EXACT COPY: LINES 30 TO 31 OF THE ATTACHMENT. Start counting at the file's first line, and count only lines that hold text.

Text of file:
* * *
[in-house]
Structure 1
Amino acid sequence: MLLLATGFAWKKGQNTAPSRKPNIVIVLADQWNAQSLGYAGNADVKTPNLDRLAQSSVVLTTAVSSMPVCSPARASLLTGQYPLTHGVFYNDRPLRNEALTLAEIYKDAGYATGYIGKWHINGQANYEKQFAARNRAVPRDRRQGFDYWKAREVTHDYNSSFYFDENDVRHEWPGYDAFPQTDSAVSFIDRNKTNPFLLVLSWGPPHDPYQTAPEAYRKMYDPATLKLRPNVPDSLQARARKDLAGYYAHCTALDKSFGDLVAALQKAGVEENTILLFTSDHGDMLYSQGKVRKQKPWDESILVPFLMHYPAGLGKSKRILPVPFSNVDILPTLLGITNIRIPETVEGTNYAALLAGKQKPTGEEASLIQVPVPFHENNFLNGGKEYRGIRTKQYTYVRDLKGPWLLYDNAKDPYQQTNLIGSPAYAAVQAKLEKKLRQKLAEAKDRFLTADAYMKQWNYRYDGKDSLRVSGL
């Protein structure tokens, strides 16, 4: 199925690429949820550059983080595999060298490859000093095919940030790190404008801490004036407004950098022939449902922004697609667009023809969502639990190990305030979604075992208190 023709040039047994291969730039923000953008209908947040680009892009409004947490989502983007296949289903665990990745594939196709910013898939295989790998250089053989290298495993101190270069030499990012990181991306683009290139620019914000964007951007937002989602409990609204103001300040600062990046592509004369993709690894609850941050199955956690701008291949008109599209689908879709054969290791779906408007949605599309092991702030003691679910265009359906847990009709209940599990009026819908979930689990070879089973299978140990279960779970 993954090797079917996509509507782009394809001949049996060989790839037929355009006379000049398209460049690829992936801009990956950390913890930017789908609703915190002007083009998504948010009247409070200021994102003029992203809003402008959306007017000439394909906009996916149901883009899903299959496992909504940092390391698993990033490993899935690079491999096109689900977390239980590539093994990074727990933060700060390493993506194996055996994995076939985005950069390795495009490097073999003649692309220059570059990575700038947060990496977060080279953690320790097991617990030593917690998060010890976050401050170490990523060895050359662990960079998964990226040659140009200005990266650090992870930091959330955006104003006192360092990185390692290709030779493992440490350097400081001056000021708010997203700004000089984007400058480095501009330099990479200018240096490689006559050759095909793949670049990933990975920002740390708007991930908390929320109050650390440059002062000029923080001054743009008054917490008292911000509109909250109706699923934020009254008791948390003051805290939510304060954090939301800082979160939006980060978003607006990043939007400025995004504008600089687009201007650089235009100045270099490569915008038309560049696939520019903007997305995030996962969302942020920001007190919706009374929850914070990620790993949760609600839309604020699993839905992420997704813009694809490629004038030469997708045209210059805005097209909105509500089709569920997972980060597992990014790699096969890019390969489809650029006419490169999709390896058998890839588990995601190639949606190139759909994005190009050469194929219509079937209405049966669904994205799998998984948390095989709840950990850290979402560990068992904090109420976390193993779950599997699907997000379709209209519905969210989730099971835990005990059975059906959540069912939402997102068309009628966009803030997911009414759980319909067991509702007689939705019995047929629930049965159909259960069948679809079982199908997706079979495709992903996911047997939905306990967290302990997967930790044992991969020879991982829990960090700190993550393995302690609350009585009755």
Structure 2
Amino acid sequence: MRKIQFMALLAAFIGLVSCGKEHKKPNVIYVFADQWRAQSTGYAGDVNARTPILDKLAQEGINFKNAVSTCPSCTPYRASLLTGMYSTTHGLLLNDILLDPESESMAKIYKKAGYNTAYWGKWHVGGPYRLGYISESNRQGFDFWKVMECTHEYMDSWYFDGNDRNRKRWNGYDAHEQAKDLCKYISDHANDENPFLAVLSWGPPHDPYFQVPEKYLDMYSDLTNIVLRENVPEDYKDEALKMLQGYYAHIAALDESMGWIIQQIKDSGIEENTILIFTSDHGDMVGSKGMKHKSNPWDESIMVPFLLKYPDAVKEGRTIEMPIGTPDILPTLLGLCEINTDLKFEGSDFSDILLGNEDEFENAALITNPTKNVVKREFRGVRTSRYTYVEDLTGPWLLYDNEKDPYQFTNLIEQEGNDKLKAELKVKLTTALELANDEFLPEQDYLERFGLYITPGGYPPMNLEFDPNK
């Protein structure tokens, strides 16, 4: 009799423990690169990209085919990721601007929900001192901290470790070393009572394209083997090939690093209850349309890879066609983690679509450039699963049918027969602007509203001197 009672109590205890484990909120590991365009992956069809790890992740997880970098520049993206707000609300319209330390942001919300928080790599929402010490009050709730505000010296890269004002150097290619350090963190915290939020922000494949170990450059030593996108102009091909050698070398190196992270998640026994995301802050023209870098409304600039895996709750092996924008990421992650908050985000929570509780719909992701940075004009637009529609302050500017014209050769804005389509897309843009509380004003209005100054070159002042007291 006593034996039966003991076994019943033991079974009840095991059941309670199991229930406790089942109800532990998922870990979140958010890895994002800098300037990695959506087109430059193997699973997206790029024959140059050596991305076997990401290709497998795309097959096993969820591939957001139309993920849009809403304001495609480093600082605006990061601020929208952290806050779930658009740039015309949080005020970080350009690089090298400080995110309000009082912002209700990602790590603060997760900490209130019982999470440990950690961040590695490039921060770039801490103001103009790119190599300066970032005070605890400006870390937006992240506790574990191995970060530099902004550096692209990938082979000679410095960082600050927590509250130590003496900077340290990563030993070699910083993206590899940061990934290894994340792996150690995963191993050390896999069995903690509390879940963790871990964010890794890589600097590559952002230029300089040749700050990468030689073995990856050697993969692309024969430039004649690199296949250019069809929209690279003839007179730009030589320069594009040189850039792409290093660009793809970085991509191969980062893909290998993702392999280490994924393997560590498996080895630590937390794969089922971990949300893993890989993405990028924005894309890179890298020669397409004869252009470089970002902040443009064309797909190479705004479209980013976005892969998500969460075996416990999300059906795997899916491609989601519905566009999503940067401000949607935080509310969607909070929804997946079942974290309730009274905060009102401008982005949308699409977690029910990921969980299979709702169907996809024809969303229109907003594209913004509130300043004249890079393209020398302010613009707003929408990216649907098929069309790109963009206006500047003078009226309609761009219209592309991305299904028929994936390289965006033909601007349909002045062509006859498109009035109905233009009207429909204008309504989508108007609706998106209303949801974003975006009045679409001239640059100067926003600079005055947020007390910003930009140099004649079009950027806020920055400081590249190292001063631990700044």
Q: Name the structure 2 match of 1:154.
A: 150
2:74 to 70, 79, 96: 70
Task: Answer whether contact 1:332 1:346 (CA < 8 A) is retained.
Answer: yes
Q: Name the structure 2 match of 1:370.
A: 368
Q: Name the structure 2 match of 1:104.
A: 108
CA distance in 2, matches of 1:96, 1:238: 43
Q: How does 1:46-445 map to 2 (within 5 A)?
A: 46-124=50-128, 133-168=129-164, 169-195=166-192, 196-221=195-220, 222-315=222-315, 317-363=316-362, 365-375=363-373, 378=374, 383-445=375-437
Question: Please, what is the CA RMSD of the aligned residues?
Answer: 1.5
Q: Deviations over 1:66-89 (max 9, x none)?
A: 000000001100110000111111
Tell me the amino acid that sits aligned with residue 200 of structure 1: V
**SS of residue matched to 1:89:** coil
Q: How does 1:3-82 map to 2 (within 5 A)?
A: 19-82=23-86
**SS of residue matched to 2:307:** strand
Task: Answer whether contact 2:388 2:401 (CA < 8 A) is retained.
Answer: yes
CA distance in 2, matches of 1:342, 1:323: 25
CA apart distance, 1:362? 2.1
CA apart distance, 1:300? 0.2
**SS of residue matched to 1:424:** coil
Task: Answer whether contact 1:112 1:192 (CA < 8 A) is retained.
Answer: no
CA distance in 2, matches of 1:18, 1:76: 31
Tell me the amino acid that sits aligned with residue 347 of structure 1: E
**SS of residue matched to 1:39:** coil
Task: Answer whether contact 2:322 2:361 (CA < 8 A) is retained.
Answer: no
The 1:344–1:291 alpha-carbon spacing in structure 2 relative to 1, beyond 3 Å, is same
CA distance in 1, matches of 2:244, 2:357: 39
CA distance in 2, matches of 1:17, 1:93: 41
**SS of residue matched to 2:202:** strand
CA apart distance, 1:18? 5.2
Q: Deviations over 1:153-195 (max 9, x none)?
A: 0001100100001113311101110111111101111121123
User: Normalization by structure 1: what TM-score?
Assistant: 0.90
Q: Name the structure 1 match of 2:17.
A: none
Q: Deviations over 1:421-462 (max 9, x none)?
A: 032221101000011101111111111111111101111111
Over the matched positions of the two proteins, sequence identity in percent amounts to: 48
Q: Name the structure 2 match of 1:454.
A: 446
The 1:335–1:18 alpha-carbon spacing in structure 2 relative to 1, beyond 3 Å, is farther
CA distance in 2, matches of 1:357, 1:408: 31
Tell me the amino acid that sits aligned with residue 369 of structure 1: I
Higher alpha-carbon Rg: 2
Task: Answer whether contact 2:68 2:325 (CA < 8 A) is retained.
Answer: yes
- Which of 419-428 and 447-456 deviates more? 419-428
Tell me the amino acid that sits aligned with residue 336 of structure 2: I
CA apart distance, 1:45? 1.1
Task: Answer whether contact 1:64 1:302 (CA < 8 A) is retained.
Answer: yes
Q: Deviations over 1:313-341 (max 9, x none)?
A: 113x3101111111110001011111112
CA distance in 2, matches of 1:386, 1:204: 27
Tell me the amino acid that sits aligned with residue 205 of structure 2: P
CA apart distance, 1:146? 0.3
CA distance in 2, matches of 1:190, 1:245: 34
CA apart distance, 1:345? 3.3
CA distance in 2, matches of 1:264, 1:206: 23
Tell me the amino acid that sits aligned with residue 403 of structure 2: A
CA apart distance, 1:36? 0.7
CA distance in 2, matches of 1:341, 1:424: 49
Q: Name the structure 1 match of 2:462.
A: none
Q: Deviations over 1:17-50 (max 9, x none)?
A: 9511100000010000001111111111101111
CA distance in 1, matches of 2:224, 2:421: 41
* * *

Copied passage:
Answer: yes
CA distance in 2, matches of 1:342, 1:323: 25